SPECTRE has its faults. This blog’s review, while liking the film overall, cited the “reveal,” the length and the last third of the film as demerits. Still, SPECTRE doen’t remotely resemble a comedy, as some critics seemed to think it did.  It’s an attempt, as we’ve said before, of blending “classic” and Craig-style Bond.

And it’s humor content is comparable to what Hitchcock liked to introduce in some of his films. SPECTRE isn’t up to the standards of North by Northwest. That’s still a nice standard to shoot for.

 

Jon Burlingame starts a YouTube channel

Film and television music expert Jon Burlingame has started a YouTube channel called Reel Music. First up: a look at Burlingame’s picks for top 10 spy movie scores.

Burlingame has written books on television composers and James Bond music. In the initial video, launched on Aug. 11, his selections comprise a number of different composers.

Burlingame’s list is presented in chronological order and doesn’t attempt to rank the 10 selections. It begins with Bernard Herrmann’s score for 1959’s North by Northwest and ends with John Powell’s score for 2002’s The Bourne Identity.

Along the way, there are two John Barry scores (Goldfinger and The Ipcress File), three Bond films (including one not made by Eon Productions) as well as efforts by Lalo Schifrin, Quincy Jones and Dave Grusin.

You can take a look for yourself. While individual viewers might quibble with selections or argue for others, there’s no dispute that Burlingame knows the music territory.

Note: the image below shows posters for Mission: Impossible Rogue Nation and The Man From U.N.C.L.E. movie. Neither shows up on the list, but they present a “news peg” in journalism-speak.

Spring 1964: U.N.C.L.E. gets a new chief

Leo G. Carroll's title card for first-season U.N.C.L.E. episodes

Leo G. Carroll’s title card for first-season U.N.C.L.E. episodes

With less than a month before regular series production began, The Man From U.N.C.L.E. had some tweaks, both major and minor.

Superficially, star Robert Vaughn changed his hairstyle, switching his part and going for more of a “dry look” compared to the pilot that would air as the first episode.

More substantively, U.N.C.L.E. would have a new chief: Leo G. Carroll, a mainstay of several Alfred Hitchcock films, was cast as Alexander Waverly, replacing Will Kuluva’s Mr. Allison.

Carroll was three decades older than Kuluva. He had two basic on-screen personas: kind and bumbling (the 1955 comedy We’re No Angels or the Topper television series) or cold and calculating (“The Professor” in Hitchcock’s North by Northwest).

Occasionally, he got to a character where he displayed *both* personas (such as THIS EPISODE of the Boris Karloff Thriller anthology series where his character’s seeming bumbling masked his true persona).

Here’s an entry from Craig Henderson’s U.N.C.L.E. TIMELINE:

Monday, May 18, 1964

(Executive Producer Norman) Felton officially informs NBC that (Rober) Vaughn and (David) McCallum will remain to play running characters but Will Kuluva has been dropped. The new chief at U.N.C.L.E. will be played by Leo G. Carroll, and the character’s name has changed from Allison to Alexander Waverly.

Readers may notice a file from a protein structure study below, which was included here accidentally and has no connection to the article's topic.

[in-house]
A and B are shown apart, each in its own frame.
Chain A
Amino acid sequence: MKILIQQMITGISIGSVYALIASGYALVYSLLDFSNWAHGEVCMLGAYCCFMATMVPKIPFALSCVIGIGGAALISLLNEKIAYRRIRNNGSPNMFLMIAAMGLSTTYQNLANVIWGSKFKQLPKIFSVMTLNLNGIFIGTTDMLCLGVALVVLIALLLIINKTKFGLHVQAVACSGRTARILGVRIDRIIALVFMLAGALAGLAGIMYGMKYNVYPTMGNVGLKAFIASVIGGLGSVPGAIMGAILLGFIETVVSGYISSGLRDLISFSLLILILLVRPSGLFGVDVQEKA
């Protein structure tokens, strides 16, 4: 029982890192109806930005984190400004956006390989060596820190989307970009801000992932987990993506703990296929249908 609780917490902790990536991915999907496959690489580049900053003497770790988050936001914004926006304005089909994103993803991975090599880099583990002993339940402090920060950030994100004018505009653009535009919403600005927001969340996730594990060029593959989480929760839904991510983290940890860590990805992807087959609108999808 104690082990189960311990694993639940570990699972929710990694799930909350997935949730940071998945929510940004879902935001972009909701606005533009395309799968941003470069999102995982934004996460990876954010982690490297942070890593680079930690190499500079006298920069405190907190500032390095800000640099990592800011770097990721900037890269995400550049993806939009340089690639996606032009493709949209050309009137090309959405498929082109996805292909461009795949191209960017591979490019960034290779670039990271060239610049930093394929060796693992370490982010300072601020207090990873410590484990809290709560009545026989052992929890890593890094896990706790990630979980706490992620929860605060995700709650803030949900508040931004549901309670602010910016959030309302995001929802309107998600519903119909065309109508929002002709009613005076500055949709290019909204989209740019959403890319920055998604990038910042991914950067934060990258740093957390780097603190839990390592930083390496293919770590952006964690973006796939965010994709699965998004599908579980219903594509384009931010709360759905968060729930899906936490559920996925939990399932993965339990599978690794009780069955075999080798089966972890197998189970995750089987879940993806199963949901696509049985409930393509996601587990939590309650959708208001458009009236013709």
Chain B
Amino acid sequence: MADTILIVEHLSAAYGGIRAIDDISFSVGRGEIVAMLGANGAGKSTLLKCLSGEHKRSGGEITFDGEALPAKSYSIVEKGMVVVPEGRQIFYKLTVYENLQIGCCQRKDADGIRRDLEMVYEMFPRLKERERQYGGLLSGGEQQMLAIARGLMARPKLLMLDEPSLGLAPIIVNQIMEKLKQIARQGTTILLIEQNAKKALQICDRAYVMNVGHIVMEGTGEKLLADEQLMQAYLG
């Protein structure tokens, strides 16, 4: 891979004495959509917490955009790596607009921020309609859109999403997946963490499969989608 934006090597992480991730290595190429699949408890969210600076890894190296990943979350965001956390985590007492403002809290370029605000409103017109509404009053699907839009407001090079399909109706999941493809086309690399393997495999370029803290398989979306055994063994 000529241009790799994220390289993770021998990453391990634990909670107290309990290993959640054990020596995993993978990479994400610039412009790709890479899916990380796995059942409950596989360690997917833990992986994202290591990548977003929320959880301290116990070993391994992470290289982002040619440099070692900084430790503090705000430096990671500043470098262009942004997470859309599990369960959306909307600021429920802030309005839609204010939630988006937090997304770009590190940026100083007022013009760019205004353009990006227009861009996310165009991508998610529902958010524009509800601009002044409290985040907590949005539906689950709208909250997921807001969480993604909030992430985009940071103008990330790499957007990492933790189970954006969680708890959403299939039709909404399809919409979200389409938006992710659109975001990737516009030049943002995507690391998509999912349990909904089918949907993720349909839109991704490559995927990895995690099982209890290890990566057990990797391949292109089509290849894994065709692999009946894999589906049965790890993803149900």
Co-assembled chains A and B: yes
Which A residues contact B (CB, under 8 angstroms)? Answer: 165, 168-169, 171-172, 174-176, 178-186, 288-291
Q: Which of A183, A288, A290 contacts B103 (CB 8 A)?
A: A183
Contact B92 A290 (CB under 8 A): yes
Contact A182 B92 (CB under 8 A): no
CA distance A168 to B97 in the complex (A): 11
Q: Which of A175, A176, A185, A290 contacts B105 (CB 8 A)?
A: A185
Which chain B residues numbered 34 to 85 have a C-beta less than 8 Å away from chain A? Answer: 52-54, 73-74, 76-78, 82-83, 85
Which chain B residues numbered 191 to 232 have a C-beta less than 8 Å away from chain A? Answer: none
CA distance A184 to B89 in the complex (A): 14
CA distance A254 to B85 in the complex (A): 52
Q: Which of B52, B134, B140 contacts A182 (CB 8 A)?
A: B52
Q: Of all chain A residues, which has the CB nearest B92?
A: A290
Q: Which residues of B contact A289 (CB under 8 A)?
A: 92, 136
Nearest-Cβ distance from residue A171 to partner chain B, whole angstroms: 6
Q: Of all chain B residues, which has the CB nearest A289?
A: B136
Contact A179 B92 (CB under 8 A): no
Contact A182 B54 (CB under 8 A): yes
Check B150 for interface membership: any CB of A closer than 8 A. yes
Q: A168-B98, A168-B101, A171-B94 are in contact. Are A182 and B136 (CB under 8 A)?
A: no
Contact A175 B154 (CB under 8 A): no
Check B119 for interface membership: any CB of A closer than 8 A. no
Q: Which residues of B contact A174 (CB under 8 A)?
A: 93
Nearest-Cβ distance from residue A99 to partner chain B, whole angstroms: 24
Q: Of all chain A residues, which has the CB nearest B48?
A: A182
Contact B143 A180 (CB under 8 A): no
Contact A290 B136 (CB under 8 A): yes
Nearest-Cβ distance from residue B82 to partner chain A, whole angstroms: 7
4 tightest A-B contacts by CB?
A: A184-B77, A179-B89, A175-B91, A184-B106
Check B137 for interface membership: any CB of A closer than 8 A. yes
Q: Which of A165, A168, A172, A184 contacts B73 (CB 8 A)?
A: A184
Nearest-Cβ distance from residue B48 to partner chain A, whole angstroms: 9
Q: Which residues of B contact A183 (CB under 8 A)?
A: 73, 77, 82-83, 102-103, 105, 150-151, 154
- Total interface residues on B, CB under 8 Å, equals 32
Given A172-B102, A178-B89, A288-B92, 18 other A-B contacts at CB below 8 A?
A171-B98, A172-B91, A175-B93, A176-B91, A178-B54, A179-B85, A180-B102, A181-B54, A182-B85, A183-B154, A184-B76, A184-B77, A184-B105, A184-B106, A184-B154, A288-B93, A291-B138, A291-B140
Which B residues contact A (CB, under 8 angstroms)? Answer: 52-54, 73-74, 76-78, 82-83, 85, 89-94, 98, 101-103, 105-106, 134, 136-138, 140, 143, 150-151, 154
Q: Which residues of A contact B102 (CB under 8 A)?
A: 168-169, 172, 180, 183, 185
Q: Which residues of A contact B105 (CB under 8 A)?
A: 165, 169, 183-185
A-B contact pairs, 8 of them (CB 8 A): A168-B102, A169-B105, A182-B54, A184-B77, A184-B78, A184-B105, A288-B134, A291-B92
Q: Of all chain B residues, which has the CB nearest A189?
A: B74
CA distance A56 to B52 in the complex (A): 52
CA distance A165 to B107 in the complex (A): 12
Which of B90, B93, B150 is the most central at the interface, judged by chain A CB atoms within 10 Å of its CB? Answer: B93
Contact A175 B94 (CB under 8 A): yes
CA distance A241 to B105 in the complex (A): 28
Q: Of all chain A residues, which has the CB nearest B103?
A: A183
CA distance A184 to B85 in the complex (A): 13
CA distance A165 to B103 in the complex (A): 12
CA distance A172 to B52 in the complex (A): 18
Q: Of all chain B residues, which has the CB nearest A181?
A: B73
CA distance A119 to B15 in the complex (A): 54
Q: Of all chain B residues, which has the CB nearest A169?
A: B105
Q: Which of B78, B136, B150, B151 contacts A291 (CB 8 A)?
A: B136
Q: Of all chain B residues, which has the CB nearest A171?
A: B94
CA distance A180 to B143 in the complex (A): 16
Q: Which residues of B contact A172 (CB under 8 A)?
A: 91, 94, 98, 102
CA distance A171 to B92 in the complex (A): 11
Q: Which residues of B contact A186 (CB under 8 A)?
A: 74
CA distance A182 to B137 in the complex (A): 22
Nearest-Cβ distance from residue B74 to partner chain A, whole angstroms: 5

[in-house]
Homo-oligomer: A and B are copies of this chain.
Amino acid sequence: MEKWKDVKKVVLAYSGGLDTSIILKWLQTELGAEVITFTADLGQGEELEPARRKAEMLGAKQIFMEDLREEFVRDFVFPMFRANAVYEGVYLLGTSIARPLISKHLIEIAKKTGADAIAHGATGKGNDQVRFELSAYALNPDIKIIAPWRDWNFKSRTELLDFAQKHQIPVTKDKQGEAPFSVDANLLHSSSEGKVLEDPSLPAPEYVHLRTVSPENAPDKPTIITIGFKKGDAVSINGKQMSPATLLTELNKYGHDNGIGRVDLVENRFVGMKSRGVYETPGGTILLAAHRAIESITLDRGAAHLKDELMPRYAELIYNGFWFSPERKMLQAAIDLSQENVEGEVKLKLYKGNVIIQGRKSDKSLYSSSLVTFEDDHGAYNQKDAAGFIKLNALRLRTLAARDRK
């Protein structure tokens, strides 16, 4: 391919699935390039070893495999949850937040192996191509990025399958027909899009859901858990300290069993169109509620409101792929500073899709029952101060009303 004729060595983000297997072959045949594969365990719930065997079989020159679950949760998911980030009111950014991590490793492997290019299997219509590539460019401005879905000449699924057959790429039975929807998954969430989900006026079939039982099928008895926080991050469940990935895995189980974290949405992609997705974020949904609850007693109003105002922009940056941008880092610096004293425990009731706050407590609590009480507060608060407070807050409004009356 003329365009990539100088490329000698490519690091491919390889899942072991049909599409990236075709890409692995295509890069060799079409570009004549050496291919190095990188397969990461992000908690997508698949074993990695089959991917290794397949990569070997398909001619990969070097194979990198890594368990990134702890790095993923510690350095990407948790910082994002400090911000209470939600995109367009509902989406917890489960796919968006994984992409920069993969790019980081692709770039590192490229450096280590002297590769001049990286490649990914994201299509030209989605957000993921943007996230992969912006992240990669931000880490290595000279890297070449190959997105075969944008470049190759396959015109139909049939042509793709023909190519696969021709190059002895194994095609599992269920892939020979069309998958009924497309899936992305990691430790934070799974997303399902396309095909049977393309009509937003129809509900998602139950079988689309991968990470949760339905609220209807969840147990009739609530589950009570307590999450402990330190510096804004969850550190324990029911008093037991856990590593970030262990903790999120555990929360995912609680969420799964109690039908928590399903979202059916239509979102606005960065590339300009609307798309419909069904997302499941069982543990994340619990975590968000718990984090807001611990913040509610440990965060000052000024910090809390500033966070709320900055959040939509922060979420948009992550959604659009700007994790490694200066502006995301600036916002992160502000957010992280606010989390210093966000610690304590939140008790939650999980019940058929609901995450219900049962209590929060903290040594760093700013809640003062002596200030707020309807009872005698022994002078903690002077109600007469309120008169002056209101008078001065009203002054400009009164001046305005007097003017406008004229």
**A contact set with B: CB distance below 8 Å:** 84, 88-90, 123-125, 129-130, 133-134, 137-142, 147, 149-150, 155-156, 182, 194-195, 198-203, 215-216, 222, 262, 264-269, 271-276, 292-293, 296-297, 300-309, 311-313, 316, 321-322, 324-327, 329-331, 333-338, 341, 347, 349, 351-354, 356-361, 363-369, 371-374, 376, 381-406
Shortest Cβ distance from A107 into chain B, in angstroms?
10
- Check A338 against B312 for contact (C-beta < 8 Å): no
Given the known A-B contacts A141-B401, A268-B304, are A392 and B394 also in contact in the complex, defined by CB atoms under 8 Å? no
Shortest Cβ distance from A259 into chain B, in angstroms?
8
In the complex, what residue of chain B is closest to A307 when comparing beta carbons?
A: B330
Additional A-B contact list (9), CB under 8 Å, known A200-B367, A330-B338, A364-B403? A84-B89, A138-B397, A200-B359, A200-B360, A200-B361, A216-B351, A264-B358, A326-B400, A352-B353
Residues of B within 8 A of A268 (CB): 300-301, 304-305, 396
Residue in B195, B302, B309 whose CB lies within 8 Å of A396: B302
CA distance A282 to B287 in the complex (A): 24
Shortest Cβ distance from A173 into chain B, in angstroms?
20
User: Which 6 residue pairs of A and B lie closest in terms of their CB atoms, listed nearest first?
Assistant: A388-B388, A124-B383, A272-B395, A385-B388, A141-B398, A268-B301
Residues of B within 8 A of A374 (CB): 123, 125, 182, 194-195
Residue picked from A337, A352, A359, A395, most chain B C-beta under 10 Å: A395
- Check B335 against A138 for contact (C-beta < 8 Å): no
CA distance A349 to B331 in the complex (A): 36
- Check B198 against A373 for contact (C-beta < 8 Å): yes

Arguably, Carroll’s Waverly is an extension of his “Professor” character. Waverly is calculating and, as the series went on, showed he was more than willing to sacrifice his operatives if necessary. In one second-season episode (The Foxes and Hounds Affair), Waverly drops Solo (just returning from a vacation) into the middle of a complicated assignment where the ace agent’s life is in danger.

The official casting of the new U.N.C.L.E. chief came less than two weeks before series production began on June 1. The first draft for The Double Affair, which would be the eighth episode broadcast, still refers to Allison as the U.N.C.L.E. chief.

As the first season unfolded, the production team would seek to expand Carroll’s role. Waverly would be given a cousin who bore an uncanny resemblance (The Bow-Wow Affair) and would occasionally demonstrate he had once been a pretty mean operative himself (knocking out a lackey in The Deadly Decoy Affair).

The on-camera team was now complete. The question now was whether the show would work — or even survive.

Are cameos in movies worth it?

Alfred Hitchcock's cameo right after his "directed by" credit in North by Northwest

Alfred Hitchcock’s cameo in North by Northwest

This fall, fans of The Man From U.N.C.L.E. television series wondered if the show’s original stars would have a cameo in a new film version underway. Some fans were vocal, arguing that of course they should.

It’s not known if such a cameo took place for the U.N.C.L.E. movie. (Robert Vaughn said more than once he’d welcome the opportunity; David McCallum made comments suggesting he wouldn’t participate.) The subject though got this blog to thinking: are such cameos worth it, or are they more of a distraction for a finished film?

The king of such cameos was director Alfred Hitchcock, who made a cameo in his more than 50 films. They can be something of a mixed bag. In North by Northwest, he appears right after his “directed by” credit as a man missing his bus in New York City. The appearance, in effect, is an extension of the main titles designed by Saul Bass. At this point, the viewer hasn’t been watching the actual story of the film.